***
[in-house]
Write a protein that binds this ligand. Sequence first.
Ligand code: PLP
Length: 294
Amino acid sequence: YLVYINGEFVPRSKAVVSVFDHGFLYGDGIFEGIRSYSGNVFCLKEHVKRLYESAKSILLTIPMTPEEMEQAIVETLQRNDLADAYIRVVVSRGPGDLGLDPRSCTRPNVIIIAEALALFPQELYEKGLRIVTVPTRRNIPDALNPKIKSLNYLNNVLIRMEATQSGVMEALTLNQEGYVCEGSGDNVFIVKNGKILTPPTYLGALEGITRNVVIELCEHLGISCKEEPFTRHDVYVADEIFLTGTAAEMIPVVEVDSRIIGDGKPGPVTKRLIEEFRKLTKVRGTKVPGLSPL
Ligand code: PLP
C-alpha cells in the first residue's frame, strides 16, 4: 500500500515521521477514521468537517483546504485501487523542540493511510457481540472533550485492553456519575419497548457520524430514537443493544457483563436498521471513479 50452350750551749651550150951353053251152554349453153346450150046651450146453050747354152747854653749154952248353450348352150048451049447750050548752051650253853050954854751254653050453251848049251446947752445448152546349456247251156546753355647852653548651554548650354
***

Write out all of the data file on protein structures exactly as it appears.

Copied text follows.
[in-house]
Write a protein that binds this ligand. Sequence first.
Ligand code: PLP
Length: 294
Amino acid sequence: YLVYINGEFVPRSKAVVSVFDHGFLYGDGIFEGIRSYSGNVFCLKEHVKRLYESAKSILLTIPMTPEEMEQAIVETLQRNDLADAYIRVVVSRGPGDLGLDPRSCTRPNVIIIAEALALFPQELYEKGLRIVTVPTRRNIPDALNPKIKSLNYLNNVLIRMEATQSGVMEALTLNQEGYVCEGSGDNVFIVKNGKILTPPTYLGALEGITRNVVIELCEHLGISCKEEPFTRHDVYVADEIFLTGTAAEMIPVVEVDSRIIGDGKPGPVTKRLIEEFRKLTKVRGTKVPGLSPL
Ligand code: PLP
C-alpha cells in the first residue's frame, strides 16, 4: 500500500515521521477514521468537517483546504485501487523542540493511510457481540472533550485492553456519575419497548457520524430514537443493544457483563436498521471513479 50452350750551749651550150951353053251152554349453153346450150046651450146453050747354152747854653749154952248353450348352150048451049447750050548752051650253853050954854751254653050453251848049251446947752445448152546349456247251156546753355647852653548651554548650354